0.0020 0.0013 0.0014 -0.0008 -0.0007 -0.0007
(1.07) (0.68) (0.75) (-0.61) (-0.59) (-0.59)
Trading volume$$_{t-1}$$ 0.0278*** 0.0238*** 0.0242*** -0.0076 -0.0076 -0.0074
$$\quad$$ (scaled) (3.48) (3.03) (3.07) (-1.57) (-1.55) (-1.53)
Change in short 0.9591*** 0.9603*** 0.9270*** -0.0095 -0.0084 -0.0213
$$\quad$$ interest$$_{t-1}$$ (10.63) (10.86) (10.59) (-0.13) (-0.11) (-0.28)
Institutional 0.0391* 0.0398* 0.0433** -0.0124 -0.0136 -0.0130
$$\quad$$ ownership$$_{t-3}$$ (1.88) (1.88) (2.05) (-1.01) (-1.11) (-1.06)
Constant   -1.6007*** -1.5876***   1.6635*** 1.6672***
(-34.77) (-34.54)   (69.43) (69.59)
$$R^2$$ (within firm) 0.523 0.541 0.541 0.006 0.024 0.024
Observations 155,571 156717 156,717 155,566 156,712 156,712
Firm FE
Month FE
Hansen’s J (test) 0.03     0.88
Hansen’s J (p-value) 86.11%     34.92%
Kleibergen-Paap (test) 318.9     318.9
Kleibergen-Paap 0.00%     0.00%
$$\quad$$ (p-value)
Dependent variable: Volatility (ln) Kurtosis (ln)
(1) (2) (3) (4) (5) (6)
Method: GMM OLS OLS GMM OLS OLS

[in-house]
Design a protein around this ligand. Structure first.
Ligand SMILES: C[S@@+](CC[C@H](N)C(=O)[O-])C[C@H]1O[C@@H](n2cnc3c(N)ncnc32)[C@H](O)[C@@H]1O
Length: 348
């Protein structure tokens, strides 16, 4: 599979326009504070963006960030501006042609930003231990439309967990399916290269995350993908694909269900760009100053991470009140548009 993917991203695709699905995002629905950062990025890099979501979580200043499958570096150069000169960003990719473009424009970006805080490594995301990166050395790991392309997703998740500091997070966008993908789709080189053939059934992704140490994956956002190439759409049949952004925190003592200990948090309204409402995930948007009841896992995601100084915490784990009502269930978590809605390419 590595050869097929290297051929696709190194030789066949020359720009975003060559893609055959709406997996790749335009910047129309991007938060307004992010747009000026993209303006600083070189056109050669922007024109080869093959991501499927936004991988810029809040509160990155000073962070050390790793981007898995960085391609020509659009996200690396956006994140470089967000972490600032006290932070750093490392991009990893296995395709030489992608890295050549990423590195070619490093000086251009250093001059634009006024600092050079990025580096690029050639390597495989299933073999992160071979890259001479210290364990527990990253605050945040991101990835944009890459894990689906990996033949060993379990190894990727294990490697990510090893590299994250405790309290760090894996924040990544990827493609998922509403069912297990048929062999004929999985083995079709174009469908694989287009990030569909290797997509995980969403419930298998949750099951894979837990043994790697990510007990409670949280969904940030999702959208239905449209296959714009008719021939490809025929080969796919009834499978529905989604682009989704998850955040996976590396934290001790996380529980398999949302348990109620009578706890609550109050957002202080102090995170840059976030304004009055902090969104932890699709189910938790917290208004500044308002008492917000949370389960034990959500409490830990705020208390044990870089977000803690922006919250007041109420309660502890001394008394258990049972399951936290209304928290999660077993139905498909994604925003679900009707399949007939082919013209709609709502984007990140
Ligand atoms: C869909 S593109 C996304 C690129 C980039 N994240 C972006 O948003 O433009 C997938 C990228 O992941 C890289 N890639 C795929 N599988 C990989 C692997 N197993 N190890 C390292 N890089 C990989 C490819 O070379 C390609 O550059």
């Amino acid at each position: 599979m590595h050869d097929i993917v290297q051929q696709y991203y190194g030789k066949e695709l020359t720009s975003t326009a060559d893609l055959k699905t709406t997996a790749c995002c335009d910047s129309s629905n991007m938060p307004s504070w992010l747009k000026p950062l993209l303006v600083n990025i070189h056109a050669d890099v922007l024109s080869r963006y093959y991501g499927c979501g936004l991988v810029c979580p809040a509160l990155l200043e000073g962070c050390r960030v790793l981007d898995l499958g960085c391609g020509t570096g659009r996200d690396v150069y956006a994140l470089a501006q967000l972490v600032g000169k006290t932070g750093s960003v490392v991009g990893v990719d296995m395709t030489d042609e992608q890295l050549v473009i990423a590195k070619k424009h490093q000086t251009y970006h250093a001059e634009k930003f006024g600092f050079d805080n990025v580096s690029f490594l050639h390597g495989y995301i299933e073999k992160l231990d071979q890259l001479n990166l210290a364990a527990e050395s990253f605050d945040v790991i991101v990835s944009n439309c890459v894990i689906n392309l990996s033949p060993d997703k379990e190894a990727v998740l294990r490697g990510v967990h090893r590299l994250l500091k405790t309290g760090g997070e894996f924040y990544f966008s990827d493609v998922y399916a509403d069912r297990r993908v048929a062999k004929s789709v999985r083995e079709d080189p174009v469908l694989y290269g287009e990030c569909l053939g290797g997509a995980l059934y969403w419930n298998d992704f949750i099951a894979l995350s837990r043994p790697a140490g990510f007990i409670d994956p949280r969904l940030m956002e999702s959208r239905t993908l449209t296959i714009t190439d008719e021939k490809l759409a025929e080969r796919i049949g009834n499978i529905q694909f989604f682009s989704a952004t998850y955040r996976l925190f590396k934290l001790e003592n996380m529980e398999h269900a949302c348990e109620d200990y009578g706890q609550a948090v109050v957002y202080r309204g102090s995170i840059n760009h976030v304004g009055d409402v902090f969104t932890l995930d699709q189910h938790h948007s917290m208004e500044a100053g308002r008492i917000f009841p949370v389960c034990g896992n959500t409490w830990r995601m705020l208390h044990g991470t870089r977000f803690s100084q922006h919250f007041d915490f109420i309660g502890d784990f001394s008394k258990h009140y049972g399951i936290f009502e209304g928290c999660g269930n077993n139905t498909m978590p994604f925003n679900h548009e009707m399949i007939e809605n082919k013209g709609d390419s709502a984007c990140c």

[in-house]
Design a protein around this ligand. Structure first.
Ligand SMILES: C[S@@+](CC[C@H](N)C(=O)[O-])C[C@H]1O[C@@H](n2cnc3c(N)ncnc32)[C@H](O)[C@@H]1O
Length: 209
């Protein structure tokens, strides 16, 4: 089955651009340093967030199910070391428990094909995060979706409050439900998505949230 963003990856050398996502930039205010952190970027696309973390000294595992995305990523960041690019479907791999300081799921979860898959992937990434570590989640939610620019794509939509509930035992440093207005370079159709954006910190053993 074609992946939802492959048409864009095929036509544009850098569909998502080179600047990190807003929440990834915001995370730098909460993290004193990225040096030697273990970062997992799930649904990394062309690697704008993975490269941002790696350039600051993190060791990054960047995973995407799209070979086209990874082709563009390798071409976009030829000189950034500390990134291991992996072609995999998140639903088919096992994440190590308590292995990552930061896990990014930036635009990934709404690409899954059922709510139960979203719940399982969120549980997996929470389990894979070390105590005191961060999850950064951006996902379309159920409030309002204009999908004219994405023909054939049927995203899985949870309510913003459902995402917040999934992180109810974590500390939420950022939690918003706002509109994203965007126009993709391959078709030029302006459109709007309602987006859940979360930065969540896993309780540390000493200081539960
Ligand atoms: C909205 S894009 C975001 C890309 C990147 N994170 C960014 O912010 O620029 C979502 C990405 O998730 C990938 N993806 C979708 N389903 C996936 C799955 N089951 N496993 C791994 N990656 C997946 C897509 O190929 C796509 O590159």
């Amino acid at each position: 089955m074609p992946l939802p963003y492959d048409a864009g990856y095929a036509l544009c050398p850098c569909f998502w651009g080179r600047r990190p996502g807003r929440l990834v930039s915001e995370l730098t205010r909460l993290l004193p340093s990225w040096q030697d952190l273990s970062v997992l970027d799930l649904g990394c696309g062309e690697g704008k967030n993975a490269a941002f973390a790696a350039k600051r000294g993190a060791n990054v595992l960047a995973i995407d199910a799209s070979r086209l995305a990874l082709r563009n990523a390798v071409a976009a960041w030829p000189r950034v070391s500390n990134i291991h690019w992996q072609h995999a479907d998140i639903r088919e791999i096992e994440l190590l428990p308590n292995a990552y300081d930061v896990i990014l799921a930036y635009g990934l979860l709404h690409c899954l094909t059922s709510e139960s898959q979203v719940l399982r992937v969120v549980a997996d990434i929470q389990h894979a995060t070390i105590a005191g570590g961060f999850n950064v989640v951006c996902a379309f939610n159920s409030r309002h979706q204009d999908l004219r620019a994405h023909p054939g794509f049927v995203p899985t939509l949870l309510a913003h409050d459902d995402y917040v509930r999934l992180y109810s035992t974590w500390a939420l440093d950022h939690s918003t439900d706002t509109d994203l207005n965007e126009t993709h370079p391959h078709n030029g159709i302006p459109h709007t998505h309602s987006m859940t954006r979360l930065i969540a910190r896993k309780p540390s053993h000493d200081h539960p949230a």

$$\widehat{\it Repurchase \: intensity}_{t}$$ -14.4293***     -2.0354*
(-7.93)     (-1.85)
Repurchase intensity$$_{t-1}$$   -1.4424***     -0.6724***
(-7.99)     (-3.73)
Remaining volume$$_{t}$$     -0.3187***     -0.0541*
(-7.40)     (-1.96)
Volatility$$_{t-1}$$ (ln) 0.3087*** 0.3097*** 0.3091***
(53.93) (52.41) (52.53)
Kurtosis$$_{t-1}$$ (ln)       -0.0288*** -0.0302*** -0.0302***
(-10.01) (-10.61) (-10.62)
Return$$_{t-1}$$ > 0 -0.0480*** -0.0660*** -0.0658*** -0.0215** -0.0196* -0.0194*
(-3.39) (-4.51) (-4.51) (-1.98) (-1.80) (-1.79)
Return$$_{t-1}$$ < 0 -0.6106*** -0.5726*** -0.5694*** -0.0682*** -0.0634*** -0.0628***
(-33.99) (-32.72) (-32.58) (-4.86) (-4.58) (-4.54)
Program initiation$$_{t}$$ 0.1116*** 0.0618*** 0.0533*** 0.0687*** 0.0612*** 0.0593***
(13.79) (11.84) (9.94) (10.73) (11.55) (11.10)
Market cap$$_{t-1}$$ (ln) -0.0958*** -0.1012*** -0.1024*** -0.0252*** -0.0264*** -0.0266***
(-14.75) (-15.15) (-15.31) (-7.39) (-7.71) (-7.75)
Book to market$$_{t-3}$$ 0.0447*** 0.0415*** 0.0406*** 0.0133*** 0.0123*** 0.0121***
(6.85) (6.22) (6.14) (3.86) (3.55) (3.50)
Analysts$$_{t-1}$$ (ln) 0.0152*** 0.0154*** 0.0151*** 0.0045 0.0043 0.0041
(2.69) (2.68) (2.63) (1.39) (1.31) (1.25)
Relative spread$$_{t-1}$$ (ln) 0.0771*** 0.0843*** 0.0849*** -0.0021 -0.0017 -0.0013
(15.97) (17.14) (17.27) (-0.78) (-0.64) (-0.50)
Deviation from